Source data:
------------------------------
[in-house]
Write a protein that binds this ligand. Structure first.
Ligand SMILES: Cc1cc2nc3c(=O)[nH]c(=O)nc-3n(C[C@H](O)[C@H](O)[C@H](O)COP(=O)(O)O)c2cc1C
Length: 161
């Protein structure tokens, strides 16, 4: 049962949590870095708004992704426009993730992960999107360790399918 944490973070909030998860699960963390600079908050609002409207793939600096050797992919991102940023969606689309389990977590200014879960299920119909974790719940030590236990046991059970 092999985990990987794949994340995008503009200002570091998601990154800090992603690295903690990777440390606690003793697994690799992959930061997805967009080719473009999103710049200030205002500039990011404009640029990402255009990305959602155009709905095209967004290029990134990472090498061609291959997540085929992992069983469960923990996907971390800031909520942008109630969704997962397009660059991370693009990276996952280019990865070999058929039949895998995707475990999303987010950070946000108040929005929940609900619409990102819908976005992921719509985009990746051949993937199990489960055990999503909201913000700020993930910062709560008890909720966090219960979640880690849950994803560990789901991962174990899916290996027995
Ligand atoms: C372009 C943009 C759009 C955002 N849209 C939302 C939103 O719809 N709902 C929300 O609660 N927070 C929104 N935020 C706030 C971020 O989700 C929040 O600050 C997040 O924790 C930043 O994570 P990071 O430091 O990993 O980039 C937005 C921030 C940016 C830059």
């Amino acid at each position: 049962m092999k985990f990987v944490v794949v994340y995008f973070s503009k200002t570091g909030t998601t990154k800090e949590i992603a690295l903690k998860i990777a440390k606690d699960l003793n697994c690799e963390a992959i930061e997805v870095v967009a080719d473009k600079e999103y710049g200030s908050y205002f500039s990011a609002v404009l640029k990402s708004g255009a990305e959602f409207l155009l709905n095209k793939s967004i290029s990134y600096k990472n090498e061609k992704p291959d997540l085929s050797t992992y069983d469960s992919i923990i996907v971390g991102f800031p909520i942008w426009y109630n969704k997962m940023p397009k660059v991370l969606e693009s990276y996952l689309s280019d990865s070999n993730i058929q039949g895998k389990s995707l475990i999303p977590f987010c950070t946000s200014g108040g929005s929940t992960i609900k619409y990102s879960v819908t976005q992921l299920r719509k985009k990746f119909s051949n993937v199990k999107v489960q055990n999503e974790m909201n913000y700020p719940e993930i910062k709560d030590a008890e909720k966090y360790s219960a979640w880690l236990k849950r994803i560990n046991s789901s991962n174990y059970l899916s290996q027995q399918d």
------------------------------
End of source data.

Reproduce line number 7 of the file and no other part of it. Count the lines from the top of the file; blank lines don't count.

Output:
């Amino acid at each position: 049962m092999k985990f990987v944490v794949v994340y995008f973070s503009k200002t570091g909030t998601t990154k800090e949590i992603a690295l903690k998860i990777a440390k606690d699960l003793n697994c690799e963390a992959i930061e997805v870095v967009a080719d473009k600079e999103y710049g200030s908050y205002f500039s990011a609002v404009l640029k990402s708004g255009a990305e959602f409207l155009l709905n095209k793939s967004i290029s990134y600096k990472n090498e061609k992704p291959d997540l085929s050797t992992y069983d469960s992919i923990i996907v971390g991102f800031p909520i942008w426009y109630n969704k997962m940023p397009k660059v991370l969606e693009s990276y996952l689309s280019d990865s070999n993730i058929q039949g895998k389990s995707l475990i999303p977590f987010c950070t946000s200014g108040g929005s929940t992960i609900k619409y990102s879960v819908t976005q992921l299920r719509k985009k990746f119909s051949n993937v199990k999107v489960q055990n999503e974790m909201n913000y700020p719940e993930i910062k709560d030590a008890e909720k966090y360790s219960a979640w880690l236990k849950r994803i560990n046991s789901s991962n174990y059970l899916s290996q027995q399918d």